Ta-Nehisi Coates analyzes a passage from Middlemarch, and says:

I was thinking this morning how much I wish I could have taught myself high school composition, when I was in high school–and even English composition in college. I failed English in the eleventh grade and then failed Brit Lit in college.

Among the things I would have told myself is that beauty is an actual, functional thing, and that great sentences are, in fact, functional. So when Eliot gives us these rangy sentences (bolded above in this case) wherein with each semicolon she pounds home the point, the form of the sentence–its awkward elegance–actually makes it stick. There is, of course, a great deal of poetry here, most of it built on hard, muscular words “the report,” “hindrances” daily labors” and “deeper fixity.”¬†Again, the payload is to the back–“his heart to its final pause.”

First, let us observe that this man became a nationally known writer, a writer of beautiful and meaningful prose, yet he failed his English and composition courses as a teenager. What does this tell us about talent and education?

More to the point, Coates makes an unfashionable observation: that beauty is not simply a personal preference signifying sensual delight, but actually does something. I’m thinking right now of a conversation I had in a coffee shop in Oslo one winter’s day in 1994. It was with an art student, a painter who had just graduated. He was furious at his professors. He said they hadn’t taught him or any of his classmates a damn thing about drafting, or anything else. “Whatever we painted, they praised it as genius,” he said bitterly. He felt cheated out of an aesthetic education, and an education in basic craftsmanship. Now he would have to educate himself.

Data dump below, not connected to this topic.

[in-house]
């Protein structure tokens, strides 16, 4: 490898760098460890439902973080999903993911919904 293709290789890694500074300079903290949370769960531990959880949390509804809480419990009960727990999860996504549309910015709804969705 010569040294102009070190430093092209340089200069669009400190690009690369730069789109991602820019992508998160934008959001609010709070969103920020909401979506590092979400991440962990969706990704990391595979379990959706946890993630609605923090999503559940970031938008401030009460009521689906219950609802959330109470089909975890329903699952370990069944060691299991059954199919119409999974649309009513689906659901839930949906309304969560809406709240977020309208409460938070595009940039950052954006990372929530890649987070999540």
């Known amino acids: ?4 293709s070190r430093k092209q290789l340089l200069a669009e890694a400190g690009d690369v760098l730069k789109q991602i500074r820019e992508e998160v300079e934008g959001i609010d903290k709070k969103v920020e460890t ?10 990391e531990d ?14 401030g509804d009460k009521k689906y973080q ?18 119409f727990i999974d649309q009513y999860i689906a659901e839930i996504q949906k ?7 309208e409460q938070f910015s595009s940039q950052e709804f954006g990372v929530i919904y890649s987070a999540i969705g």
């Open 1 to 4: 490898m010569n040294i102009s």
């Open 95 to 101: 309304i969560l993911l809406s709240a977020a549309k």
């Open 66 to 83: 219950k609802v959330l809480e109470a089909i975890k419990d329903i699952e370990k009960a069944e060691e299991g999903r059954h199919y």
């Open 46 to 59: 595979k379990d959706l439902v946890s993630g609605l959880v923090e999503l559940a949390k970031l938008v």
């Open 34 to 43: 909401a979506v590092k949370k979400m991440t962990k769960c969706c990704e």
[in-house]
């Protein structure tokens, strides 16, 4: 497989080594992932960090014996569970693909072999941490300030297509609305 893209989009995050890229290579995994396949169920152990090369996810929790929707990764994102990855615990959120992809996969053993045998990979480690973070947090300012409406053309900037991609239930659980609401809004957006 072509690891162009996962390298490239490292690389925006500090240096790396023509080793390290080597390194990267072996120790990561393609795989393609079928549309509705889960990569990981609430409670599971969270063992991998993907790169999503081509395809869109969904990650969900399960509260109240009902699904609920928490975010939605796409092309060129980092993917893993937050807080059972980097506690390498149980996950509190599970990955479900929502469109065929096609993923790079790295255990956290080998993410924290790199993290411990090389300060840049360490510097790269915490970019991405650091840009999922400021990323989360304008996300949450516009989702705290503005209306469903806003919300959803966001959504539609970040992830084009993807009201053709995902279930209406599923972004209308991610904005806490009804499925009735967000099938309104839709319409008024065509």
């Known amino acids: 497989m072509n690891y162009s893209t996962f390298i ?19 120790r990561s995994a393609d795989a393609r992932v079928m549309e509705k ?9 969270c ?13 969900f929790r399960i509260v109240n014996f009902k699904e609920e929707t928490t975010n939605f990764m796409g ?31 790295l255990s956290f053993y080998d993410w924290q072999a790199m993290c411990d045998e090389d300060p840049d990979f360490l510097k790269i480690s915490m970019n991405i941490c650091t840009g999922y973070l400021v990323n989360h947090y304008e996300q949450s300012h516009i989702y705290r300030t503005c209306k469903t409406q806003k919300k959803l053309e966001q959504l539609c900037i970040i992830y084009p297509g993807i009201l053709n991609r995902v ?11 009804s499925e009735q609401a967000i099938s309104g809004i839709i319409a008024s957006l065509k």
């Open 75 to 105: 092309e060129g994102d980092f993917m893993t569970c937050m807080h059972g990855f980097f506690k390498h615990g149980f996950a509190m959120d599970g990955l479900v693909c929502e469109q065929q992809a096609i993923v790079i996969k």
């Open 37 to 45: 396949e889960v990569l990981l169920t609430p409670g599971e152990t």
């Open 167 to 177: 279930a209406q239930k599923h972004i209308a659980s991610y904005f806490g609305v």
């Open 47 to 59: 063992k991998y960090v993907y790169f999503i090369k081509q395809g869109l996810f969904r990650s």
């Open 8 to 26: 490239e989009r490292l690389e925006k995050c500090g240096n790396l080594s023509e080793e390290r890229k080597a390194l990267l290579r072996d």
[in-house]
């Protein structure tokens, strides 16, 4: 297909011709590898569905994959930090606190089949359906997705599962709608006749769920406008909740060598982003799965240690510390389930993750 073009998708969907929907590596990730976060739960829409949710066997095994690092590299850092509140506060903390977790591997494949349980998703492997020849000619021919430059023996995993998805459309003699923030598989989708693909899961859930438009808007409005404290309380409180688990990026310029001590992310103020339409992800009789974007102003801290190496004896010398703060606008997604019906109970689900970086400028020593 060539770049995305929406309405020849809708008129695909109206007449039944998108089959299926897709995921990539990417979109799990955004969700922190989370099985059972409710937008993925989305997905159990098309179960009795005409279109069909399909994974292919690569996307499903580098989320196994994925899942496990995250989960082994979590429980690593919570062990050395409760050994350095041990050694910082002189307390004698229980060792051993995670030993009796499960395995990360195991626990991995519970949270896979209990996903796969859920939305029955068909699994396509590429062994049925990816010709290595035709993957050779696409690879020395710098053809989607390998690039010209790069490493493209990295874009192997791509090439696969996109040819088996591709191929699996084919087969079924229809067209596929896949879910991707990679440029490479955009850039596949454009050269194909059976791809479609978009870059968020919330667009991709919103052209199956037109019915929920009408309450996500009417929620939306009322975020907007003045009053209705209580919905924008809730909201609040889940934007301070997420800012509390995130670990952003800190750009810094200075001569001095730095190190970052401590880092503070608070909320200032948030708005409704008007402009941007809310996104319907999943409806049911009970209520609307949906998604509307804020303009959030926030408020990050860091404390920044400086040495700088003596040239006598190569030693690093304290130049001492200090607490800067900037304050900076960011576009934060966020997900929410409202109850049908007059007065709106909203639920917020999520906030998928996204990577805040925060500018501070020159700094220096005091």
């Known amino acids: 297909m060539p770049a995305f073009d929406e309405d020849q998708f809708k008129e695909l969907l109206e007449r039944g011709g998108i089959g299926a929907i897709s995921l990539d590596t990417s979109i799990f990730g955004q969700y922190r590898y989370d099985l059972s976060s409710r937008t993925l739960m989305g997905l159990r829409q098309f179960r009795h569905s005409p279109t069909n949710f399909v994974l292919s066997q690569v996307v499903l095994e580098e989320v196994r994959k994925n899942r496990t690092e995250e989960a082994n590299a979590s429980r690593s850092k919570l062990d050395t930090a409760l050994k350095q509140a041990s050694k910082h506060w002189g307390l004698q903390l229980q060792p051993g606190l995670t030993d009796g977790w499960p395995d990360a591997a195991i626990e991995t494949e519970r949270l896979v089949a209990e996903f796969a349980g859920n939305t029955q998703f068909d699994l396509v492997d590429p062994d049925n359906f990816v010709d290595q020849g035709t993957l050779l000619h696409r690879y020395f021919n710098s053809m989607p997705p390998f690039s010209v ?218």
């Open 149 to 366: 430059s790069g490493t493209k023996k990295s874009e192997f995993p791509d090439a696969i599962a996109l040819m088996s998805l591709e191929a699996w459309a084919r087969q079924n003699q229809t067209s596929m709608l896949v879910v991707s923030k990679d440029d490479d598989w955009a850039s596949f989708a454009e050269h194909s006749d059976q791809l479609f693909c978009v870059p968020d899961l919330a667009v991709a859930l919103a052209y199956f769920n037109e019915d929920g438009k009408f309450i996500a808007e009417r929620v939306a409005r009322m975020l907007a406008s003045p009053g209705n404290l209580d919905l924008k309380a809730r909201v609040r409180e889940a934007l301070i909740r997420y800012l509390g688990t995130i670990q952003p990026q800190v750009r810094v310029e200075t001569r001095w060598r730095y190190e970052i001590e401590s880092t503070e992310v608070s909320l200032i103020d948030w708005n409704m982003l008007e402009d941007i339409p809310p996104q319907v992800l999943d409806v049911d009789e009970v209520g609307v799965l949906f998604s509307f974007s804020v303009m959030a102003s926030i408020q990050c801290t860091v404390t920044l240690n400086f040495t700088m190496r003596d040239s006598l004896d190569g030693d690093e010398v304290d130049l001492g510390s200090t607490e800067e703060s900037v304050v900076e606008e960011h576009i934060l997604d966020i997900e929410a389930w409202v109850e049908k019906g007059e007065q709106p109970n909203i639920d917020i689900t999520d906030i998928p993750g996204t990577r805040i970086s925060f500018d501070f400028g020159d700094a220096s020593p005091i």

When I started out as a professional writer in my early 20s, I picked out a few non-fiction prose stylists whose writing I admired, and worked to imitate them (Pauline Kael, Tom Wolfe, and Truman Capote were in that stable, but there were others). Of course I studied their prose too, trying to figure out why it worked so well. But I found too that trying to write as they wrote, however feeble my attempt, I came to absorb the structure of their writing in ways that I couldn’t have done merely by studying it in the abstract. To be sure, nobody would have mistaken my writing back then (or now) for Kael, Wolfe, or Capote, but that’s not the point: the point is that in attempting to imitate my betters, I was able to find my own voice. I didn’t have a voice when I first started out. I had the ability to string together words better than most people my age, but that’s not the same thing as having a voice. I had to learn how to string together those words to persuade, and to persuade not so much by the rigors of logic, but by the beauty of the composition. There is an enormous difference between “Four score and seven years ago…” and “Eighty-seven years ago…” — and that difference matters.